And a voice whispered to him, sweetly, softly, joyously, "Alan!"

He tried to reach up his arms. The face came nearer; it was pressed
against his own, soft arms crept about him, softer lips kissed his mouth
and eyes, and sobbing whispers came with their love, and he knew the end
of the race had come, and he had won.

This was the fifth day after the fight in the kloof; and on the sixth he
sat up in his bed, bolstered with pillows, and Stampede came to see him,
and then Keok and Nawadlook and Tatpan and Topkok and Wegaruk, his old
housekeeper, and only for a few minutes at a time was Mary away from
him. But Tautuk and Amuk Toolik did not come, and he saw the strange
change in Keok, and knew that they were dead. Yet he dreaded to ask the
question, for more than any others of his people did he love these two
missing comrades of the tundras.

It was Stampede who first told him in detail what had happened--but he
would say little of the fight on the ledge, and it was Mary who told
him of that.

"Graham had over thirty men with him, and only ten got away," he said.
"We have buried sixteen and are caring for seven wounded at the corrals.
Now that Graham is dead, they're frightened stiff--afraid we're going to
hand them over to the law. And without Graham or Rossland to fight for
them, they know they're lost."

"And our men--my people?" asked Alan faintly.

"Fought like devils."

"Yes, I know. But--"

"They didn't rest an hour in coming from the mountains."

"You know what I mean, Stampede."

"Not many, Alan. Seven were killed, including Sokwenna," and he counted
over the names of the slain. Tautuk and Amuk Toolik were not among them.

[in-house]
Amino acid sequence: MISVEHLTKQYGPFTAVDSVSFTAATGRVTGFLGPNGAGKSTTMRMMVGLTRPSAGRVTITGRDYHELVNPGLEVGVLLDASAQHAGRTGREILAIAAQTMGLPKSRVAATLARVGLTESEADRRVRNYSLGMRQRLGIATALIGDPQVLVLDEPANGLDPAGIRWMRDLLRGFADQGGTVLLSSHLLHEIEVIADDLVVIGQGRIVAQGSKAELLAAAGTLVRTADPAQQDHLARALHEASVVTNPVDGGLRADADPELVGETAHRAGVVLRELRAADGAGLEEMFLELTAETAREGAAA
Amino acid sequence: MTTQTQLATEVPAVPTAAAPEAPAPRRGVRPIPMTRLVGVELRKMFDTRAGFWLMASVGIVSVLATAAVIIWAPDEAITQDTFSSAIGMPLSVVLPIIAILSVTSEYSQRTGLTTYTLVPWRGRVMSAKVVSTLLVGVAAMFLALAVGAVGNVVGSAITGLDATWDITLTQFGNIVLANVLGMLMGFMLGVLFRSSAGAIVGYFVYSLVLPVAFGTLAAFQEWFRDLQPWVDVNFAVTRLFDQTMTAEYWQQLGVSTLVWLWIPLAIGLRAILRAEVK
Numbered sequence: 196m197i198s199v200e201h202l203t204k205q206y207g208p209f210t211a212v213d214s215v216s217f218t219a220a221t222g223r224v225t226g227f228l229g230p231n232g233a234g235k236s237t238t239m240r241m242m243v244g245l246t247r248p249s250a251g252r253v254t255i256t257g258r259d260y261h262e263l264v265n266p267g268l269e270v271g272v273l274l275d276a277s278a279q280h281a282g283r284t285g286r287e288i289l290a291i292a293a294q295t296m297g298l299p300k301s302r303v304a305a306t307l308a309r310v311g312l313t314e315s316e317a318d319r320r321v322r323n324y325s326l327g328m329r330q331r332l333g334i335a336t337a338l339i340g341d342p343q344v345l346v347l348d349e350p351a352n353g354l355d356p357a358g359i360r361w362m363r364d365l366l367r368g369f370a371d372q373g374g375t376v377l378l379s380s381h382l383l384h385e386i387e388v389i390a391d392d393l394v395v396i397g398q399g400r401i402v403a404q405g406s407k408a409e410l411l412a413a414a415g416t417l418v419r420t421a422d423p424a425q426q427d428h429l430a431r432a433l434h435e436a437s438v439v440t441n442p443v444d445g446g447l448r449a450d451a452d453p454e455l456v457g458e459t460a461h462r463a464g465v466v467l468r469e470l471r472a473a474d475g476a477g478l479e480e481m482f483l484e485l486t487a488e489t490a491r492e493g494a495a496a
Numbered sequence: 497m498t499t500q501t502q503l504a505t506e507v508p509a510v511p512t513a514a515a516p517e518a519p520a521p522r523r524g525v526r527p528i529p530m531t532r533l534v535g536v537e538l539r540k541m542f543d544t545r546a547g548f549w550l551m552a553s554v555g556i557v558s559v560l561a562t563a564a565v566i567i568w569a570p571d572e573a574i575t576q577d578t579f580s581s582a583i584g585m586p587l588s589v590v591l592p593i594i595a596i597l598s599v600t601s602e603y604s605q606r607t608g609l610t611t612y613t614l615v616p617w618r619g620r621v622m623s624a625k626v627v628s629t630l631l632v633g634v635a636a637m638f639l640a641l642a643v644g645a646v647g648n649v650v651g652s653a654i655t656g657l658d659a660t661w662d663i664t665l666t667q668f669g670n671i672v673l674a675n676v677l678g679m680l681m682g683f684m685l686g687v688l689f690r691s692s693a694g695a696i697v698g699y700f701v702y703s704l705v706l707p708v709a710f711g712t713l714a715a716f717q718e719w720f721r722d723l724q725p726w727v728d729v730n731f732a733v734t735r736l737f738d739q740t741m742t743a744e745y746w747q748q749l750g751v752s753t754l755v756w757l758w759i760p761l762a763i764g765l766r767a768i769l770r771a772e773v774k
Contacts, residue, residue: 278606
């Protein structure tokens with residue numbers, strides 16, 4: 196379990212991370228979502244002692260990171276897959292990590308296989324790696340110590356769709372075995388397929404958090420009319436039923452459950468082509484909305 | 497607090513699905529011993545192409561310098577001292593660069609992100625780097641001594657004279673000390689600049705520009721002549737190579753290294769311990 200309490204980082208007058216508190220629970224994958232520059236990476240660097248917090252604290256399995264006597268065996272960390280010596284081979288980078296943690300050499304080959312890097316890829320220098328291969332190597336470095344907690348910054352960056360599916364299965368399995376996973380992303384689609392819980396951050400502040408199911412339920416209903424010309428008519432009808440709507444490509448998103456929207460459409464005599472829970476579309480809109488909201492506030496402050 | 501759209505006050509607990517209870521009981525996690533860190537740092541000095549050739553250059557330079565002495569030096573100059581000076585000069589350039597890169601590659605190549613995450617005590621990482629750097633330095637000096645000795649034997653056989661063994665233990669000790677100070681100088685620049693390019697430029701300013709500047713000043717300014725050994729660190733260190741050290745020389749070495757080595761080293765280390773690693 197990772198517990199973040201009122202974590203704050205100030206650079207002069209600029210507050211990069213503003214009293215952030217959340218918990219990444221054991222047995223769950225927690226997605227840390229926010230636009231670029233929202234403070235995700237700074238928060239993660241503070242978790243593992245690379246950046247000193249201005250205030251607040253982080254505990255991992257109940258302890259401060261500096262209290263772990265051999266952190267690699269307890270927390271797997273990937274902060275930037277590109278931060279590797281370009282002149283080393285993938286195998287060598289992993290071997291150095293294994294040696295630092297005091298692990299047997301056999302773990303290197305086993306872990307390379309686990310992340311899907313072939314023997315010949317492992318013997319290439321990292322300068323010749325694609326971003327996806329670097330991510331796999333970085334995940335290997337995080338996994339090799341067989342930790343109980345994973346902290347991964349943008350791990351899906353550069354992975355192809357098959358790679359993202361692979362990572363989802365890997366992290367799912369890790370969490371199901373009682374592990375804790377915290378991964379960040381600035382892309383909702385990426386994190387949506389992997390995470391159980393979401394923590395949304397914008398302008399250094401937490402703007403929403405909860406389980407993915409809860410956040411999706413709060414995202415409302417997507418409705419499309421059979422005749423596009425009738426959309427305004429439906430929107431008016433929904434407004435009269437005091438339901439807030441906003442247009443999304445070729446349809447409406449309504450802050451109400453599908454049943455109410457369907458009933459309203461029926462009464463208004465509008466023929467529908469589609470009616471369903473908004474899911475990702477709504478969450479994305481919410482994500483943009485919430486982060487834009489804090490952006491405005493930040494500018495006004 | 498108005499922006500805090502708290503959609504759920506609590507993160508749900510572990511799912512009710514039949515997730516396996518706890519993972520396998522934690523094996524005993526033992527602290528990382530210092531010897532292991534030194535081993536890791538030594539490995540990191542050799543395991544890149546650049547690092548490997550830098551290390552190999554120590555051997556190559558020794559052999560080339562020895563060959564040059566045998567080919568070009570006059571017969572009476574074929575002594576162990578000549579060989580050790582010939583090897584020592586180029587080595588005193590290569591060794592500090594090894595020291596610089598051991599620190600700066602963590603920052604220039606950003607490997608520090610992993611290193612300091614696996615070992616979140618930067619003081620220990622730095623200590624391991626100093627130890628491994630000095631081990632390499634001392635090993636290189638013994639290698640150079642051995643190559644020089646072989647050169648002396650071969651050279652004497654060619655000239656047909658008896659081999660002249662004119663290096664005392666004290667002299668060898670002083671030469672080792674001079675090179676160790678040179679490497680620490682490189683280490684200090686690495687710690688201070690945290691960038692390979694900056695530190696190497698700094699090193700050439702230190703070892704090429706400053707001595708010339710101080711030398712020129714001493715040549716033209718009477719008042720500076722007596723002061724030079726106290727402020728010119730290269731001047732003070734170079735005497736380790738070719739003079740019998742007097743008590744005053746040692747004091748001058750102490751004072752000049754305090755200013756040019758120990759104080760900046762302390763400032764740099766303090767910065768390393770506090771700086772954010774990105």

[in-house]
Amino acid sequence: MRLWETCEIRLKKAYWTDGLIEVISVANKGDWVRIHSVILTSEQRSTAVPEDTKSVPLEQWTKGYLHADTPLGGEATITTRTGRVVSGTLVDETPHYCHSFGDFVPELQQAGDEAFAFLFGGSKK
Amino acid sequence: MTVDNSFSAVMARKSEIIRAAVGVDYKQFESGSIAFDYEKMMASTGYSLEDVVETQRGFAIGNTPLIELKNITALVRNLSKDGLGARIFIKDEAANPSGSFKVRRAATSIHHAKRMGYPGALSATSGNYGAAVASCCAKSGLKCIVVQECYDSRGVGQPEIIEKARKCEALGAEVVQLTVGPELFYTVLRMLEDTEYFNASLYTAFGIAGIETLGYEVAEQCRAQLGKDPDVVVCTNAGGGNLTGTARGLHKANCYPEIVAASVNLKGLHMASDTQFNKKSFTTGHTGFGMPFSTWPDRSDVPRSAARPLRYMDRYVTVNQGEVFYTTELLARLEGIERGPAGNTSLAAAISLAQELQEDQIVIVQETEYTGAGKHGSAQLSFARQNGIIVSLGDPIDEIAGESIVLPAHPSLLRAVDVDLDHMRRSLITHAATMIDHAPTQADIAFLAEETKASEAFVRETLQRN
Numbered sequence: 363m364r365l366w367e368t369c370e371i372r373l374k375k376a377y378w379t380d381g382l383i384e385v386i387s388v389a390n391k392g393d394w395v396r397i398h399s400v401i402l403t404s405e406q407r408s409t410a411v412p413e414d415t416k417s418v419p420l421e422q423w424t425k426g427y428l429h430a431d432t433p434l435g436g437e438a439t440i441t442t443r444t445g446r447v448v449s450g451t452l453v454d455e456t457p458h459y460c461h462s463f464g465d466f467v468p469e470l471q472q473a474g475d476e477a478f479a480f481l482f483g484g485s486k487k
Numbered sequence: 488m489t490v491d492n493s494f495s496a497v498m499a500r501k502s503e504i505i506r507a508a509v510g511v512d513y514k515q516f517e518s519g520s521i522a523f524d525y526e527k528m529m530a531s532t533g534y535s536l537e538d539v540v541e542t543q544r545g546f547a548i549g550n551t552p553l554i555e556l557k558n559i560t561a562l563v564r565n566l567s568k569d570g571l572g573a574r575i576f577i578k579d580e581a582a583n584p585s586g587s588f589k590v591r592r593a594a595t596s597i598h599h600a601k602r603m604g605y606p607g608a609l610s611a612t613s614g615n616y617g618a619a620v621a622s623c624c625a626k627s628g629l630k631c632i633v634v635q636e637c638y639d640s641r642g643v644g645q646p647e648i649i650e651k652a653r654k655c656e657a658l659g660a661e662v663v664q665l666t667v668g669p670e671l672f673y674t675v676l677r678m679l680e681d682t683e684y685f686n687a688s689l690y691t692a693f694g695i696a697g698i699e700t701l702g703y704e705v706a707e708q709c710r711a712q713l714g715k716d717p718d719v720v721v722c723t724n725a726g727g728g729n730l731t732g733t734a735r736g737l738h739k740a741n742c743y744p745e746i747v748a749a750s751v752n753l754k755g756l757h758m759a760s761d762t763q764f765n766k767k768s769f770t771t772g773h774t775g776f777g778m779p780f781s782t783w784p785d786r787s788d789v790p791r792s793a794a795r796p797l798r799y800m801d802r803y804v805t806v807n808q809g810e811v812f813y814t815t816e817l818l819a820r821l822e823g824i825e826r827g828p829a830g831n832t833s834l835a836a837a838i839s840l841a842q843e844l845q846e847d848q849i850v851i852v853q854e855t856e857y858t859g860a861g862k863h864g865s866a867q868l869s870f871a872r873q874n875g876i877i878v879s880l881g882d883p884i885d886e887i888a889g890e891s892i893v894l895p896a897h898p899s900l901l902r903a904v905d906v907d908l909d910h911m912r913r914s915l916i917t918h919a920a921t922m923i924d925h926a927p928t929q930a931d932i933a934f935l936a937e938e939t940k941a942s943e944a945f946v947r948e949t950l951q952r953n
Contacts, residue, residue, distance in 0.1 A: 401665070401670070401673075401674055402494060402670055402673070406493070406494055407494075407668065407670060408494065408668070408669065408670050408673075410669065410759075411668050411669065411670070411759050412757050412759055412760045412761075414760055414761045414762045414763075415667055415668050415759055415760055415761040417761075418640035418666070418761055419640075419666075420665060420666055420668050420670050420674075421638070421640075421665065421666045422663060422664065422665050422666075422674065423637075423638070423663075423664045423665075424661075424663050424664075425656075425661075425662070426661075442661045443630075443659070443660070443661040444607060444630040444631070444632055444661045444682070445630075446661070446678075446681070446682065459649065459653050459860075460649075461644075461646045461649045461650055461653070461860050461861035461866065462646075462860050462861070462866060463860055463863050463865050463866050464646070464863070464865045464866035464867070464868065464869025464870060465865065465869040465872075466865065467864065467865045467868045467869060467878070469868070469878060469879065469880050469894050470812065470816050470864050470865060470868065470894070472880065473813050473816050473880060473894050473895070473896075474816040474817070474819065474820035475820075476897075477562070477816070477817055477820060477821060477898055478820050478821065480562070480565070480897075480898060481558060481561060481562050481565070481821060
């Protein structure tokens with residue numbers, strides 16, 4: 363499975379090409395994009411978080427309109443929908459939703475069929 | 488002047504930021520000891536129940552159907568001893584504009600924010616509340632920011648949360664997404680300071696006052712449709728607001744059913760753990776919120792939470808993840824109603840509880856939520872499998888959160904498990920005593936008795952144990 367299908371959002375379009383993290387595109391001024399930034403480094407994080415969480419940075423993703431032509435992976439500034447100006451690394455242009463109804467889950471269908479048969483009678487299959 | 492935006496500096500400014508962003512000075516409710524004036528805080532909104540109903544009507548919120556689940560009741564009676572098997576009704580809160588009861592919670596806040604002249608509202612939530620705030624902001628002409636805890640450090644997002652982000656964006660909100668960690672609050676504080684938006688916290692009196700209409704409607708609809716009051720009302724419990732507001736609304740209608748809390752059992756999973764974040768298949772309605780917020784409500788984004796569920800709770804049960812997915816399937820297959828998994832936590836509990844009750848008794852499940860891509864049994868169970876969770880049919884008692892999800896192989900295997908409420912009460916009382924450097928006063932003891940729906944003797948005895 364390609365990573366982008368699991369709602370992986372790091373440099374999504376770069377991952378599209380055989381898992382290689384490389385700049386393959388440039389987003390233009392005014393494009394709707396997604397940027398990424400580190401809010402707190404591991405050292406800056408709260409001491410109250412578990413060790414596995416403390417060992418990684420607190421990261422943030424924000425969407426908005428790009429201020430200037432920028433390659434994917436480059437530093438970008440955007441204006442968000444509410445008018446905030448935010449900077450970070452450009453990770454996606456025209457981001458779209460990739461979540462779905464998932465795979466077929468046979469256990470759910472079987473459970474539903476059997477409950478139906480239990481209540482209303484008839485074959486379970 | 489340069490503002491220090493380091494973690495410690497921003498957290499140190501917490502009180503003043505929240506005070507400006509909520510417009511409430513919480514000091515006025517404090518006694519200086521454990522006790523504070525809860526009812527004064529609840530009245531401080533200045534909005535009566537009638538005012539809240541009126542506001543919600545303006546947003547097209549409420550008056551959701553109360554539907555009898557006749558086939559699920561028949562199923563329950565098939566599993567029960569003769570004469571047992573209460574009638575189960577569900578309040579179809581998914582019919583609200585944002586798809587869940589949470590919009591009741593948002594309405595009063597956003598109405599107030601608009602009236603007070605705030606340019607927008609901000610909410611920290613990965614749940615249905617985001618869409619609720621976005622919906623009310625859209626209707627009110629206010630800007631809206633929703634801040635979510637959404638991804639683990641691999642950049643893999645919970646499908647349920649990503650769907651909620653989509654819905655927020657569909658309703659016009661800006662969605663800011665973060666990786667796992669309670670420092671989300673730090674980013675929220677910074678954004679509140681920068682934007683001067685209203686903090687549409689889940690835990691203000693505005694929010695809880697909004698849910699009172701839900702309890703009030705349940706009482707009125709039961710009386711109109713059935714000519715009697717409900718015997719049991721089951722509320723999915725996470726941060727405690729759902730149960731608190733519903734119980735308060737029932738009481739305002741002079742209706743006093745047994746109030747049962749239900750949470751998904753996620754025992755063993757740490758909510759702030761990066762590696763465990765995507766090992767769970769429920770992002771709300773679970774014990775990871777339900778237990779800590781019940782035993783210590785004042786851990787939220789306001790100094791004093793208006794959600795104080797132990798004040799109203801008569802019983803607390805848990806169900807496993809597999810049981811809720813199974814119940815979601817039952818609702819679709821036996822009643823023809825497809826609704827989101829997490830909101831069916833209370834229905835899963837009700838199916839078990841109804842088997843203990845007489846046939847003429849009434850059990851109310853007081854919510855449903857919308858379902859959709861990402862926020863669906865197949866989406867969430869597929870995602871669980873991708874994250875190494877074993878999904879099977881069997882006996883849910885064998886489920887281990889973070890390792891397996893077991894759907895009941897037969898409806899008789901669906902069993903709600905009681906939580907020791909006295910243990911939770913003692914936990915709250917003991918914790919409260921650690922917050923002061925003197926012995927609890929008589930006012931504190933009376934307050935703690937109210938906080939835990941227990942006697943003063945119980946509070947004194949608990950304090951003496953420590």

"And Tautuk?"

"He is wounded. Missed death by an inch, and it has almost killed Keok.
She is with him night and day, and as jealous as a little cat if anyone
else attempts to do anything for him."

"Then--I am glad Tautuk was hit," smiled Alan. And he asked, "Where is
Amuk Toolik?"

Stampede hung his head and blushed like a boy.

"You'll have to ask _her_, Alan."

And a little later Alan put the question to Mary.

She, too, blushed, and in her eyes was a mysterious radiance that
puzzled him.

"You must wait," she said.

Beyond that she would say no word, though he pulled her head down, and
with his hands in her soft, smooth hair threatened to hold her until she
told him the secret. Her answer was a satisfied little sigh, and she
nestled her pink face against his neck, and whispered that she was
content to accept the punishment. So where Amuk Toolik had gone, and
what he was doing, still remained a mystery.

A little later he knew he had guessed the truth.

"I don't need a doctor," he said, "but it was mighty thoughtful of you
to send Amuk Toolik for one." Then he caught himself suddenly. "What a
senseless fool I am! Of course there are others who need a doctor more
than I do."

Mary nodded. "But I was thinking chiefly of you when I sent Amuk Toolik
to Tanana. He is riding Kauk, and should return almost any time now."
And she turned her face away so that he could see only the pink tip
of her ear.

"Very soon I will be on my feet and ready for travel," he said. "Then we